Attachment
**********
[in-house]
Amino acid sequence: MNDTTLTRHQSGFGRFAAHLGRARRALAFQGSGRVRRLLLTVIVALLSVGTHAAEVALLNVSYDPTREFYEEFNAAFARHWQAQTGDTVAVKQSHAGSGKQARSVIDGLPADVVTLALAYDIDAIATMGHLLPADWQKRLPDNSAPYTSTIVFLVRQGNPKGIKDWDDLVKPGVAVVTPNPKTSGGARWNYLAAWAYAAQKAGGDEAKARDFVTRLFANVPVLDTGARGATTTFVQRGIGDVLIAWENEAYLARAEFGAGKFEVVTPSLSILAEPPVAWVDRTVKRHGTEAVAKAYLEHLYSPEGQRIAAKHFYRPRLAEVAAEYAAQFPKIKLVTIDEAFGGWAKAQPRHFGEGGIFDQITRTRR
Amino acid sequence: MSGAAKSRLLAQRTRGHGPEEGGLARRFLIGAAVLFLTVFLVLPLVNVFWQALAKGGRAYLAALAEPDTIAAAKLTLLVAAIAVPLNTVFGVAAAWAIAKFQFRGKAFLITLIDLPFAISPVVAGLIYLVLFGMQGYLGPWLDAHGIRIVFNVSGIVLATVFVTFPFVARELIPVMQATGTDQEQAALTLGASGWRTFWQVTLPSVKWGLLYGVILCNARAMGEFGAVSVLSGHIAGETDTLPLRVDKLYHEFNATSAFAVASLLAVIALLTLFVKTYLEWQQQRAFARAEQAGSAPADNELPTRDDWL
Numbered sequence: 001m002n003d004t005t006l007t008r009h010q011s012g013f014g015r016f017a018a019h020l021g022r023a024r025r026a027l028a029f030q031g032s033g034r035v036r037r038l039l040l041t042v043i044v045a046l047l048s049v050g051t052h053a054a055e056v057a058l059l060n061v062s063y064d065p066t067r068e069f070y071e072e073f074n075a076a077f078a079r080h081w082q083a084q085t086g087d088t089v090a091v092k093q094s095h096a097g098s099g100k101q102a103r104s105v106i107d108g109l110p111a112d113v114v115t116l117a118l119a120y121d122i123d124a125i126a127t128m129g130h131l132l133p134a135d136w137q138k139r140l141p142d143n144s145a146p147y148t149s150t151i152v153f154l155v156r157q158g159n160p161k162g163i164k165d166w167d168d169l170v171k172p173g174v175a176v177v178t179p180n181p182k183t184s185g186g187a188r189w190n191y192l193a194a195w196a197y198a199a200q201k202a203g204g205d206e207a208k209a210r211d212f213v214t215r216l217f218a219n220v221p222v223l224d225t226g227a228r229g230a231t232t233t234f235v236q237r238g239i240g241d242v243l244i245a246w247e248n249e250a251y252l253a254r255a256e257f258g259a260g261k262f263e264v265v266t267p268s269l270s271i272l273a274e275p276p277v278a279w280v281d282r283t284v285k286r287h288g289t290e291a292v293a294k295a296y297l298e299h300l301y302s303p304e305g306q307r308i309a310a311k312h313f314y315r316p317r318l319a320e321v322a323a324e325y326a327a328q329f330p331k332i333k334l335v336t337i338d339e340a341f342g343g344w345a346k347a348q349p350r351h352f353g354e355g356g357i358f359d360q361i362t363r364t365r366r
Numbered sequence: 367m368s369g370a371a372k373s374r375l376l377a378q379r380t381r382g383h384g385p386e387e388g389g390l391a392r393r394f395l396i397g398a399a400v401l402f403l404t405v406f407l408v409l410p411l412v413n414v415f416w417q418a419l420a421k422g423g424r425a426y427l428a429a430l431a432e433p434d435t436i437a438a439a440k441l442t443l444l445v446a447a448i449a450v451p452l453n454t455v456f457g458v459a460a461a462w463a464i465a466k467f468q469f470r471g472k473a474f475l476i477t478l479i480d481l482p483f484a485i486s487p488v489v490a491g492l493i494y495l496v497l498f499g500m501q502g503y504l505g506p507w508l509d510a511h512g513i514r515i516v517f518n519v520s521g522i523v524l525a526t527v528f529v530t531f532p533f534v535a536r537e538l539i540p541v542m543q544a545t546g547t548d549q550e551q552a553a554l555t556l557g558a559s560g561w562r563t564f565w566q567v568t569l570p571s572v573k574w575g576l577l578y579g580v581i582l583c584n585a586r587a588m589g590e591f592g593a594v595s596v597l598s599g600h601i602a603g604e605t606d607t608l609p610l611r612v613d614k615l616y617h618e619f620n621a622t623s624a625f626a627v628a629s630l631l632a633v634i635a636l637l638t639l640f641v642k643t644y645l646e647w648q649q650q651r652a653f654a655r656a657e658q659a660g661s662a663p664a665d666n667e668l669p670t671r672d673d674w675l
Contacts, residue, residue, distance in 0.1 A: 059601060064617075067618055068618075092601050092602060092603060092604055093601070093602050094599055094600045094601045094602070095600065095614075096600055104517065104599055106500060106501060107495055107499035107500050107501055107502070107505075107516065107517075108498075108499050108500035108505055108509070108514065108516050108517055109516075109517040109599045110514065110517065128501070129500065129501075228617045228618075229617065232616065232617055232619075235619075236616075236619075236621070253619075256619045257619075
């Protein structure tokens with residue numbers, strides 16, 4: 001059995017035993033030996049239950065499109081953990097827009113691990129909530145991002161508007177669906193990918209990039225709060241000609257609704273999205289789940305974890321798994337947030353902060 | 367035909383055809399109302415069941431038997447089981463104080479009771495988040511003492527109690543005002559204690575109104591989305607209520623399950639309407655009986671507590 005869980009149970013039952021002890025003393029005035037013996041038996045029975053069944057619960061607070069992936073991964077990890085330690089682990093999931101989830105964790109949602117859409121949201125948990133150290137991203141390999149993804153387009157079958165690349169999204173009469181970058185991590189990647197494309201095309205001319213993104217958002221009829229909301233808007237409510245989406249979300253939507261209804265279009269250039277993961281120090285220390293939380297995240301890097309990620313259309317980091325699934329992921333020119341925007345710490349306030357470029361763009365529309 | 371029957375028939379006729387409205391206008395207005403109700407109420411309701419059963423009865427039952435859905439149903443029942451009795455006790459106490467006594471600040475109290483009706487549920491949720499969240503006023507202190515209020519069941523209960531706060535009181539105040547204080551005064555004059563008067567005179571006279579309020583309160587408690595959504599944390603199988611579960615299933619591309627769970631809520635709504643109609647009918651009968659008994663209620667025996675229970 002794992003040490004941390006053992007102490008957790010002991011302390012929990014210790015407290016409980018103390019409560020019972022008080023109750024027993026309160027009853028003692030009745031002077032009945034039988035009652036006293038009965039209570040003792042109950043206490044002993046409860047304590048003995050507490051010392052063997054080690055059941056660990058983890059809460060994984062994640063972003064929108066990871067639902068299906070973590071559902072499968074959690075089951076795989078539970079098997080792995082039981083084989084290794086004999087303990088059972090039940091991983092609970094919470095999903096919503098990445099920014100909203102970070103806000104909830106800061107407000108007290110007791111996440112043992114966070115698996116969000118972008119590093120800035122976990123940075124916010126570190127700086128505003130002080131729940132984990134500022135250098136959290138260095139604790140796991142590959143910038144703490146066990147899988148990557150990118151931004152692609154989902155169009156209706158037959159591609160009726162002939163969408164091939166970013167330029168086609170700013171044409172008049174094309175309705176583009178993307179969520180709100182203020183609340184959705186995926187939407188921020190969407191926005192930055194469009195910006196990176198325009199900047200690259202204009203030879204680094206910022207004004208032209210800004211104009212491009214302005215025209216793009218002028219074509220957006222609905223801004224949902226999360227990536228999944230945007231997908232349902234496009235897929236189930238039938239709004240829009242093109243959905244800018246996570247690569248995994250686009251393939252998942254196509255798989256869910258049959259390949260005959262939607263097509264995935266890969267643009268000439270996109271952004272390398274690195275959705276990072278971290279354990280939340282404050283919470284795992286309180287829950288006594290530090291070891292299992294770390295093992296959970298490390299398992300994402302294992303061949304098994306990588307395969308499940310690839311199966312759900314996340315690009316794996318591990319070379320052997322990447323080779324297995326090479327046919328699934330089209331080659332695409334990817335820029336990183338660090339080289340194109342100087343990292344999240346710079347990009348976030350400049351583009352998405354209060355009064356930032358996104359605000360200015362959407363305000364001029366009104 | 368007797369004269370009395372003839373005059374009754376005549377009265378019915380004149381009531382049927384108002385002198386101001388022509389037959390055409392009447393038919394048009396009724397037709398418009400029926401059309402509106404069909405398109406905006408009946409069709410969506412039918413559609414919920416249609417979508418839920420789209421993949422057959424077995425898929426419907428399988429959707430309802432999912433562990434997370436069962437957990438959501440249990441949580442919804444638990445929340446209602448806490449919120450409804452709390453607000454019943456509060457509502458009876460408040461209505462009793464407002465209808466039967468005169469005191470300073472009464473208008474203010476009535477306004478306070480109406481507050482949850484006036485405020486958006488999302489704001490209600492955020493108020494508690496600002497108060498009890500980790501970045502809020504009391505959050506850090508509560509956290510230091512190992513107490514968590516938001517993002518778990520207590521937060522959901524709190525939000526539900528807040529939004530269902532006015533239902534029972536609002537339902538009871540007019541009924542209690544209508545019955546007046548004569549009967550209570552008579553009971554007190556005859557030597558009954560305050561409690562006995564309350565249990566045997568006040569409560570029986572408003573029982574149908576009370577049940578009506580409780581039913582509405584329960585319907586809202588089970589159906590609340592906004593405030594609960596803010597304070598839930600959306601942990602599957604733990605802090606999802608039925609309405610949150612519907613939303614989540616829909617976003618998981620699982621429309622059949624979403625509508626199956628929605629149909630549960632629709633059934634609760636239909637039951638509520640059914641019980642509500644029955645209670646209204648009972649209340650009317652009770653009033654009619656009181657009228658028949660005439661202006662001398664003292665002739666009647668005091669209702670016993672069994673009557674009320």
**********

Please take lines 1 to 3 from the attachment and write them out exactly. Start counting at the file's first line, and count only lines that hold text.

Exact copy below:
[in-house]
Amino acid sequence: MNDTTLTRHQSGFGRFAAHLGRARRALAFQGSGRVRRLLLTVIVALLSVGTHAAEVALLNVSYDPTREFYEEFNAAFARHWQAQTGDTVAVKQSHAGSGKQARSVIDGLPADVVTLALAYDIDAIATMGHLLPADWQKRLPDNSAPYTSTIVFLVRQGNPKGIKDWDDLVKPGVAVVTPNPKTSGGARWNYLAAWAYAAQKAGGDEAKARDFVTRLFANVPVLDTGARGATTTFVQRGIGDVLIAWENEAYLARAEFGAGKFEVVTPSLSILAEPPVAWVDRTVKRHGTEAVAKAYLEHLYSPEGQRIAAKHFYRPRLAEVAAEYAAQFPKIKLVTIDEAFGGWAKAQPRHFGEGGIFDQITRTRR
Amino acid sequence: MSGAAKSRLLAQRTRGHGPEEGGLARRFLIGAAVLFLTVFLVLPLVNVFWQALAKGGRAYLAALAEPDTIAAAKLTLLVAAIAVPLNTVFGVAAAWAIAKFQFRGKAFLITLIDLPFAISPVVAGLIYLVLFGMQGYLGPWLDAHGIRIVFNVSGIVLATVFVTFPFVARELIPVMQATGTDQEQAALTLGASGWRTFWQVTLPSVKWGLLYGVILCNARAMGEFGAVSVLSGHIAGETDTLPLRVDKLYHEFNATSAFAVASLLAVIALLTLFVKTYLEWQQQRAFARAEQAGSAPADNELPTRDDWL